The abdominal aorta is about an inch in diameter and extends along the entire length of the abdomen, from the diaphragm to the pelvis. It enters the abdomen through a small opening at the posterior end of the diaphragm, just anterior to the spinal column. From this point, it descends along the spine parallel to the inferior vena cava until it reaches the pelvis, where it divides into the right and left common iliac arteries.

Many major arteries branch from the abdominal aorta to provide blood flow to the vital organs of the abdomen. Its visceral branches provide blood to organs, while its parietal branches supply blood to the tissues of the abdominal body wall.


  • Adrenal gland:

You have two adrenal glands. They’re located on top of each of your kidneys. They  produce hormones.

While they’re small in size, the adrenal glands are responsible for  hormone-related functions in your body. As a result, disorders that affect your adrenal glands can have a broad impact on your health.

How we make the model:

To make the model, we used a pair of headphones to represent both kidneys which have wires that we used to represent the ureter. Also, on the kidneys,  we used telgopor to make the adrenal gland. Later, we found contact paper, that we cut it to make the vena cava. The same with the dorsal aorta, which is blue fabric. Finally, to create the urinary bladder, we bought a can of “Coca-Cola”  that we wrapped in red contact paper. Also, we cut red contact paper to create the urethra.

Respiration and Gas Exchange

Activity 11.3, page 143.

A1)  It is important to boil the water the dissolved air can be driven away.

A2) The sugar solution must be cooled because it is hot, so, yeast would die and it won’t respire.

A3) The liquid paraffin is used to separate the yeast in the cooled sugar solution from the air into the test tube.

A4) In the test tube with living yeast, yeast respires carbon dioxide and the lime water absorbed it. However, in the test tube with dead yeast, the lime water  will remain clear.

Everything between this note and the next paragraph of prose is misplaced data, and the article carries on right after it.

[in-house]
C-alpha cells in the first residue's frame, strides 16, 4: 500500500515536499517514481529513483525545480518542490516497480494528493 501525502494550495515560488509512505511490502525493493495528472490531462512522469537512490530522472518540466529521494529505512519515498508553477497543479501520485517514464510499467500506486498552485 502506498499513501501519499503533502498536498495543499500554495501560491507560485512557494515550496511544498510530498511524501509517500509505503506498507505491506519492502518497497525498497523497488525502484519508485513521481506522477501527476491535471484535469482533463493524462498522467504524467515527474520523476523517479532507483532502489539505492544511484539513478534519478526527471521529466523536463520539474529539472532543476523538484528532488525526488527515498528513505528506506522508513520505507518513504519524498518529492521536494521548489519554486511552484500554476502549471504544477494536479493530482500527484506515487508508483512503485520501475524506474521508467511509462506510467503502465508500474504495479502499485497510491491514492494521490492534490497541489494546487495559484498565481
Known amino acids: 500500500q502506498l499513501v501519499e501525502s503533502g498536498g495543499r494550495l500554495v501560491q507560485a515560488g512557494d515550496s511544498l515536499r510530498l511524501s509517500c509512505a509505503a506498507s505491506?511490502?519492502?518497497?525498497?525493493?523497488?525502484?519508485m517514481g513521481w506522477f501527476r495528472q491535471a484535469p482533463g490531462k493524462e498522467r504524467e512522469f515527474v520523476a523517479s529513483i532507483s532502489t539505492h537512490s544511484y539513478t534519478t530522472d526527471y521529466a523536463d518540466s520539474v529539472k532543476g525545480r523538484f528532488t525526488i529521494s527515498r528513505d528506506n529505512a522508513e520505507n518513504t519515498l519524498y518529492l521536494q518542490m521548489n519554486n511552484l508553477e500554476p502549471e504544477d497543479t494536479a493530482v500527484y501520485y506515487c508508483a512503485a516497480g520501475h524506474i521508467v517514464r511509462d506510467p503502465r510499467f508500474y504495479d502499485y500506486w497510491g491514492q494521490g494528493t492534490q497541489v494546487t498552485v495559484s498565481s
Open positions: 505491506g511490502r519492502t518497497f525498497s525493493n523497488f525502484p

A5) In the sugar solution containing living yeast you would  find ethanol at the end of the experiment. Yeast respired what they release  while they are respiring.

State of Matter with Mora Lemos

Today, we worked in pairs in a lab simulation. I worked with Mora Lemos. However, we had analyzed the differences between liquid , solids and gases.

The matter change from one form to another, when heated or cooled. So, here are  some of the processes through which the state of matter can be changed:

  • Melting: Process of change of solid into the liquid.
  • Freezing: The process which helps in transformation of liquid into solid.
  • Vaporisation: Process used to change liquid into gas.

Solid: The molecules are tied all together and when we applied heat all the molecules start moving faster. And, when we applied cool they stayed the same way, all together.

Liquid: the molecules are together, but they are moving at the same time, and then when applied heat, they startt moving everywhere. When we cool them they stayed all tied together.

Gas: The molecules are all dispers and when we heat them they start moving faster. And, when we applied cool the molecules go down and stay solid.

In conclusion, we have learnt that matter is present in three states. Solid, liquid and gas. Furthermore, the state of matter are not changeable, the form can be changed by changing temperature or pressure.

Chapter 19 – QUESTIONS

Chapter 19

Make an evaluation on the chapter. Include between 7-10 questions NOT including any of the end of  chapter 19 or the one found along the chapter. Pair work.


  1. Make a chart comparing continuous and discontinuous variation.
  2. Define mutation.
  3. What was the purpose of  Darwing’s theory??.
  4. Define  discontinuous variation.
  5. Give 3 examples of genetic variation.
  6. Develop two causes of genetic variation and give one example of each.
  7. Develop : different types of variations and give one example of each.
  8. Difine xerophytes and genotype.